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'It's so hard to leave' - Lancaster says best ahead of Leinster after signing new deal

The Englishman is staying on for another two years at least.

Lancaster has been with Leinster since 2016.
Lancaster has been with Leinster since 2016.
Image: Billy Stickland/INPHO

Updated Mar 30th 2021, 12:00 PM

YOU GET A sense of Stuart Lancaster’s unfinished business with Leinster when he’s asked how much last year’s Champions Cup quarter-final defeat to Saracens has gnawed away at him since.

“Well… both of them, both of them,” he replies, highlighting that he hasn’t totally moved on from defeat to the English side in the 2019 final either.

Lancaster has helped Leinster to a European trophy, their success in the 2018 final against Racing 92 standing out as the highlight of his time with the province, but a single title isn’t enough for a man of his ambitions. Like everyone around him in Leinster, Lancaster is interested in legacy. 

A coach of his reputation would be welcomed with open arms by many other clubs. Indeed, Clermont were interested in bringing him to France to succeed Franck Azéma at the end of this season, but Lancaster is staying where he is having signed a new two-year deal.

Coaching Leinster has been tough for Lancaster and his family. In regular times, he returned home to Leeds on a weekly basis but the pandemic means he was only back twice before Christmas and once since.

“That’s a long, long time not to be with your wife and kids,” says Lancaster.

And yet, there’s no club in Leeds for Lancaster to coach so his profession means being away, whether it involves a flight to Dublin or not. And, importantly, Lancaster wants to be in Leinster. He has become part of the place since arriving in 2016.

“Someone said to me once, ‘The definition of a good environment is that good people want to come and people want to stay longer than they usually would and if they stay, they need to say ‘it’s the best time in my career’.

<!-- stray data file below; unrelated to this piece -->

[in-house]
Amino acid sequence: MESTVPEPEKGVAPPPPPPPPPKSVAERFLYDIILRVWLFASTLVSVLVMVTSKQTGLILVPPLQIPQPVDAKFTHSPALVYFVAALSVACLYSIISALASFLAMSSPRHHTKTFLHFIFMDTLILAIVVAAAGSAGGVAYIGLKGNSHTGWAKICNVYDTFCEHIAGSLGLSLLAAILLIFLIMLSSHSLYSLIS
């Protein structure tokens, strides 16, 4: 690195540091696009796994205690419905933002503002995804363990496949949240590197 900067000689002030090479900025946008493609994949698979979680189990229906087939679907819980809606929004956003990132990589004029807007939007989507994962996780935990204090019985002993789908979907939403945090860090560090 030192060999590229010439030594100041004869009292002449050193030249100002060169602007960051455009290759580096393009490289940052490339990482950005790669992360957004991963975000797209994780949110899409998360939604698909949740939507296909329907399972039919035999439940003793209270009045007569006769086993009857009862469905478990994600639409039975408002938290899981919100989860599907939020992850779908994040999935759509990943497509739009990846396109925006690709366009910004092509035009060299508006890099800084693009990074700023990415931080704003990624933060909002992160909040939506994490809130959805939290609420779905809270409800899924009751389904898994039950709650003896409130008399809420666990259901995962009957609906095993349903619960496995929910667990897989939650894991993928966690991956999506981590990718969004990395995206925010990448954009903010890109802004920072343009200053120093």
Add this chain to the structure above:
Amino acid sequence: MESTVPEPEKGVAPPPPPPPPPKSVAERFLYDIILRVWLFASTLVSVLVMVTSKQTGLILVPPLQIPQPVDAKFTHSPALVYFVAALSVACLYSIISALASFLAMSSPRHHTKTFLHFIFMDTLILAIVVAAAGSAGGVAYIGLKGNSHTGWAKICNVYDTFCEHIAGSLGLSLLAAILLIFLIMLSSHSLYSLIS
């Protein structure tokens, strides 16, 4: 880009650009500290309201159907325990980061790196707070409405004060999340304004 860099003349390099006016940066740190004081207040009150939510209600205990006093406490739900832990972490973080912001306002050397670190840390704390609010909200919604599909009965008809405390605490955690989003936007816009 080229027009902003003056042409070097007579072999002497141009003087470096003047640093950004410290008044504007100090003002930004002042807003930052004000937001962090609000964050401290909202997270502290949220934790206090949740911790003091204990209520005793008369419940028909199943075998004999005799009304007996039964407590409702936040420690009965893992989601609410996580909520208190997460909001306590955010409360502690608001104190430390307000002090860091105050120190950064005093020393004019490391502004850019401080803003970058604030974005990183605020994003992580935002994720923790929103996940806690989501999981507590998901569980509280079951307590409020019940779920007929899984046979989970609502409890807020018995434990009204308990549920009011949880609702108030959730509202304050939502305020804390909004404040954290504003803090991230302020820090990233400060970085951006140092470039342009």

“I’ll probably stay longer than was in my mind when I first arrived because it’s so hard to leave.”

stuart-lancaster-and-leo-cullen-before-the-game Lancaster and Leo Cullen have formed a strong coaching team. Source: Dave Winter/INPHO

Lancaster is all about the here and now – which involves taking on Toulon in the Champions Cup round of 16 on Friday night at the RDS, fresh from a fourth consecutive Pro14 title – but it’s hard not to glance further ahead too. 

“I can’t help but think about the team that Leinster can have in the future,” he says.

“You know, it’s not like I’m sat thinking, ‘We’ve got players coming to the end of their cycle’. You think about a Robbie Henshaw or a Garry Ringrose or Ciarán Frawley or a Harry Byrne or a Ross Byrne or a Luke McGrath or a Jamison Gibson-Park or Caelan Doris, James Ryan, these guys… they’re the young lads coming through, so there’s no reason why as a team we can’t be at the top end of Pro14 rugby and European rugby.

“The grass isn’t always greener on the other side, I guess, is the moral of the story.”

Lancaster believes Leinster can continue to get better in the coming years, but also in the coming weeks. 

They were excellent in last weekend’s Pro14 final win against Munster but should have won by more than 10 points, leaving Lancaster and head coach Leo Cullen with plenty to focus on this week ahead of the Toulon clash.

“I thought we got a lot of the approach work right but if you had been in the review this morning, you’d probably have thought we lost really, given the opportunities I showed them that we could have executed,” says Lancaster.

“I think there’s more in us, we can improve on that.”


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stuart-lancaster The former England boss delights in being on the training pitch. Source: Laszlo Geczo/INPHO

Lancaster says Leinster will make changes to their team this week in order to freshen things up, while European rugby also tends to add another layer of sharpness.

The fact that their most recent knock-out game in the Champions Cup was such a miserable experience against Saracens at the Aviva Stadium leaves Leinster with a point to prove.

“To lose in a quarter-final, particularly because we had gone so well in the pool stages again last year before Covid hit, it was really disappointing,” says Lancaster.

“We lost against Saracens because we didn’t win the set-piece battle, we didn’t win the forward confrontations well enough, we weren’t accurate enough in the first half, we gave them belief and a lead that was too hard to claw back in the end.

“It sits in the back of everyone’s minds and the previous year as well. It’s a big motivation but it’s not the motivation. The motivation is Toulon and that’s it. You can’t get distracted by what you did last week against Munster or what happened against Saracens.”

About the author:

Murray Kinsella

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